Some people in our Book Study Group are wrestling with the notion of the illusion of free will. Without examination, free will seems to be an absolute given. It’s not so easy to challenge this illusion. The following podcast with a theoretical physicist and a polymath may help. I’m a long-time fan of Robert Sapolsky (the polymath), great writer, with a sharp wit, and even sharper mind. We can discuss some of the ideas tossed about in this podcast in our upcoming Tuesday gatherings.
And for those who want more, here’s a talk from Sam Harris, philosopher and polemical author. I read his book Free Will, short, and very direct. This talk is a summary of the book. Stick with it, because at about the 45 minute mark he points out some of the surprising healthy aspects of understanding the notion of no free will, and how this view nurtures empathy, compassion, and deep understanding in others.
Finally, a balancing counterpoint from Buddhist scholar Alan Wallace (Alan and Sam have gotten into some sparky exchanges). It is not easy to challenge the illusion of free will, so all these different angles may help. Unsettling, but important material. Again, this topic has been discussed for thousands of years by thousands of great thinkers.
Hi, I was going through some notes and found this excerpt from the teachings of Hermetics, it really resonated and showed the two differing opinions, as two sides of the one coin.
-We do not wish to enter into a consideration of Free Will, or Determinism, in this work, for various reasons. Among the many reasons, is the principal one that neither side of the controversy is entirely right-in fact, both sides are partially right, according to the Hermetic Teachings. The Principle of Polarity shows that both are but Half-Truths the opposing poles of Truth. The Teachings are that a man may be both Free and yet bound by Necessity, depending upon the meaning of the terms, and the height of Truth from which the matter is examined. The ancient writers express the matter thus: “The further the creation is from the Centre, the more it is bound; the nearer the Centre it reaches, the nearer Free is it.”-
Three Initiates. The Kybalion: A Study of The Hermetic Philosophy of Ancient Egypt and Greece (p. 78). Perennial Press. Kindle Edition.
Sapolsky fills in so many blank areas for understanding human behavior. I’ve suspected the answers for a long, long time, but never had the details, research and experience to fully understand all of the possibilities governing how we think and behave. What do the implications of “free will” say about efforts to develop “critical thinking skills?” Is that even possible? The riff at the end about the legal system reminded me of the song “Officer Krumpke” from West Side Story.
Harris’ take on “Free Will” is very much in line with what Andrew writes about in “Dreams of Light” but for a different audience. I like how he demonstrated that we really are not aware that we don’t have free will. “A puppet is free as long as he loves his strings.” Viewing the YouTube comments are a must. “If you can’t control your next thought and you don’t know what it’s gonna be until it arises where is your freedom of will?" However, he does posit “You can’t take credit for your talent, but it matters that you use them.”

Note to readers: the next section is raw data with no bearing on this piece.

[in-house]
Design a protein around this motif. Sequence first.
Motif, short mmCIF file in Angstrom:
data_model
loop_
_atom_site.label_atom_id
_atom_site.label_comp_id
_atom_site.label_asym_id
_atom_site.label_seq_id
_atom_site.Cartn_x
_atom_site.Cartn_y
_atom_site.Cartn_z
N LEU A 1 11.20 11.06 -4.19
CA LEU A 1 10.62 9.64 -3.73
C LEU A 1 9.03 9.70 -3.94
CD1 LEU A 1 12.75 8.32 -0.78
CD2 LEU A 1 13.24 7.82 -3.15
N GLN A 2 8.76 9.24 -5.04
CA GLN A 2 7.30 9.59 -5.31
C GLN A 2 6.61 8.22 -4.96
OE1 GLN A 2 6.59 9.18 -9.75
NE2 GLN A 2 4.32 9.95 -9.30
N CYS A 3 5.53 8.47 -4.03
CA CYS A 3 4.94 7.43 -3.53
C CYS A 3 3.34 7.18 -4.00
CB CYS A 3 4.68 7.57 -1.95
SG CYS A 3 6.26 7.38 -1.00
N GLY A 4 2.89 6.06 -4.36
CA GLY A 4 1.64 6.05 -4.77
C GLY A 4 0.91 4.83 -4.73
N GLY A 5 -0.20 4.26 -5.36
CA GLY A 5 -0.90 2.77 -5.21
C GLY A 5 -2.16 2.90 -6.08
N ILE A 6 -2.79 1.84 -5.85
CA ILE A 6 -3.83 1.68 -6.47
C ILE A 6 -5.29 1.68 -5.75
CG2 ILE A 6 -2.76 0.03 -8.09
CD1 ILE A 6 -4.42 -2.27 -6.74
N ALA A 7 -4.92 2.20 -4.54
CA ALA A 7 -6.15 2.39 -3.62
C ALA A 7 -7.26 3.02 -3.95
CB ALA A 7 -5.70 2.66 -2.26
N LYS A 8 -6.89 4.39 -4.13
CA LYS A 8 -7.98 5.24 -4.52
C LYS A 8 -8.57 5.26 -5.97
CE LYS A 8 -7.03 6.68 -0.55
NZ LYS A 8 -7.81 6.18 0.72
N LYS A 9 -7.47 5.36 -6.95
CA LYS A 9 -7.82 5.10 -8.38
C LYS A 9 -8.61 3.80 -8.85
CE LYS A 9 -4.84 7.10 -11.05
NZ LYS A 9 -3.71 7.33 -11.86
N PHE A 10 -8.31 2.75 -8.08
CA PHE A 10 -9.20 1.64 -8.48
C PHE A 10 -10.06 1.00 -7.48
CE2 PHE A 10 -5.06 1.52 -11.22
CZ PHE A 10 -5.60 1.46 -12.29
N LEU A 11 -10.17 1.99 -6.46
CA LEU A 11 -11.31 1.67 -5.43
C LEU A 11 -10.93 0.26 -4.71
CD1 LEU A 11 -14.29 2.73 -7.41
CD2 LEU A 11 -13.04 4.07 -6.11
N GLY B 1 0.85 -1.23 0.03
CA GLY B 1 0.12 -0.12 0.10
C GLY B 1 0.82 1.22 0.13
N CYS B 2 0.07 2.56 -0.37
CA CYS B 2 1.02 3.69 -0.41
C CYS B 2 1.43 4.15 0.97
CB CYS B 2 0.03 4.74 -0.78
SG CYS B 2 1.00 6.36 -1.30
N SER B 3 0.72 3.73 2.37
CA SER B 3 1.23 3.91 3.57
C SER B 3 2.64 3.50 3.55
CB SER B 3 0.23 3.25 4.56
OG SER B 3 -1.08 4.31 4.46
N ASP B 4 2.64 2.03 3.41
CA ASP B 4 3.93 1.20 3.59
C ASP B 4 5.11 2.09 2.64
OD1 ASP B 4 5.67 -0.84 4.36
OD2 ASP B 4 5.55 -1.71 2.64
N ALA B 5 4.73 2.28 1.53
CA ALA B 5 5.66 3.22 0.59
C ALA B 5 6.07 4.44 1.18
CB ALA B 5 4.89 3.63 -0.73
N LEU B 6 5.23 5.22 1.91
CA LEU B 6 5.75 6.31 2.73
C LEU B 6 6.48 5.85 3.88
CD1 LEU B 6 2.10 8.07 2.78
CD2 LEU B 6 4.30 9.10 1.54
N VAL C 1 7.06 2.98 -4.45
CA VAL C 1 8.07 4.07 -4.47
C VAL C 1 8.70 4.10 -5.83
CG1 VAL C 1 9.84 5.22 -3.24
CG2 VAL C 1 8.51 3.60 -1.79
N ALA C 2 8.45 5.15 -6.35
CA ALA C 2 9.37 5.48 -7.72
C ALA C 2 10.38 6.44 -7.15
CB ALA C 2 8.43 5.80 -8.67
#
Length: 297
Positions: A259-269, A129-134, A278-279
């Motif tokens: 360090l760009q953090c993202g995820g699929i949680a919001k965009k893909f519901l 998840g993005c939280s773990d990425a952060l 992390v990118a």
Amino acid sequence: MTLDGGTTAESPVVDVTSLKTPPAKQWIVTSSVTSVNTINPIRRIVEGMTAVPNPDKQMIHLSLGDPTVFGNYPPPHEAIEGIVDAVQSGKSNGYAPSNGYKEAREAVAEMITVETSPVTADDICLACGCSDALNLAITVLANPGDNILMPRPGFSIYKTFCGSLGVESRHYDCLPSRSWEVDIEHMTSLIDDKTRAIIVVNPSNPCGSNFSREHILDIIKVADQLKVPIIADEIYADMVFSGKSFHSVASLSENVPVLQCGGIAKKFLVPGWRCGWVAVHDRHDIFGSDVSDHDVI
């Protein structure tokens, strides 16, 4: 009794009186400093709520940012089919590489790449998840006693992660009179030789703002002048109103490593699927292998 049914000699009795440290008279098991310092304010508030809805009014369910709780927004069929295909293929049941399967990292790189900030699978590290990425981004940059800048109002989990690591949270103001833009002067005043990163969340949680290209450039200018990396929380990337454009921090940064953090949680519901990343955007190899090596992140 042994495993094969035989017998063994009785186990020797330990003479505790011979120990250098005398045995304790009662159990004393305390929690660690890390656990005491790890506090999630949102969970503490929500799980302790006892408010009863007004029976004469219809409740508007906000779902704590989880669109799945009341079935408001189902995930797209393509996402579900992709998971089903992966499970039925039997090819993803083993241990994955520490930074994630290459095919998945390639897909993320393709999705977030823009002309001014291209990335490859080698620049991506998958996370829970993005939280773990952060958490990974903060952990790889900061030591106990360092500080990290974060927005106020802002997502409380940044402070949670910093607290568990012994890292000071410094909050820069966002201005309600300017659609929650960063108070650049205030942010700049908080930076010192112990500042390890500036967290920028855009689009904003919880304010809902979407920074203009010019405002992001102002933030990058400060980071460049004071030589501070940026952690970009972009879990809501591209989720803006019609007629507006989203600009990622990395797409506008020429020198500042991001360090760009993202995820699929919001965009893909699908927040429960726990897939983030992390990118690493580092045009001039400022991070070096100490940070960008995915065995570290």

@_Barry Maybe the answer to the question of free will is not quite as clear cut… I mean, it‘s an old question, with Schopenhauer‘s „der Mensch könne tun, was er will, aber er könne nicht wollen, was er will“ (Man can do what he wants, but he can‘t will what he wants“), it was already pretty clear that humankind is heavily conditioned, and therefore is influenced in its formation of free will.
But, this doesn’t say that free will is not possible.
If one is able to see the habitual conditioning in one‘s thoughts and emotions and is able to relax and release lucidly and does not act on the conditioned impulse, then for me, that would constitute free will.
No need trying to control thoughts or emotions etc.
so when one considers whats free will - he thinks in terms of Karma. There is that small self included there, somewhere, we can agree. But there is something that speaks to creativity then. That is something of a release. A simile might be: like making a profit from cause and effect. Now that being true (if it is!) I’m wondering, to complete this, if there is something else that is ‘higher order’, whether mind (self referential) or emptiness itself. When one steps aside from reactionary doing and something new emerges- that craft of novelty lets say, can you go further and pierce duality- glimpse unity? Is that realm alluring in ones evolution?..actually I have an opinion- its inevitable.
@_Barry In my opinion, in terms of concept and practice it‘s a two tier prerequisite thing in order to exercise free will:
First, one needs to be conscious (lucid) of the conditioned response pattern to a stimulus. If that lucidity is not there, then we will in any case act in the conditioned pattern on the stimulus without being aware. But that is not enough:
Second, one needs to be able to relax into the conditioned pain reaction to the stimulus in order to be able to not react automatically to it. Only with this second step there’s a good chance to break the adhoc conditioned behavioral response pattern to stress stimuli. Only then, one is in the position of choice to act with options or not act on the stimulus.
If one succeeds by practice to do that, then, in my opinion, that constitutes exercising free will.
A practical example:
I get cut off in traffic by another driver.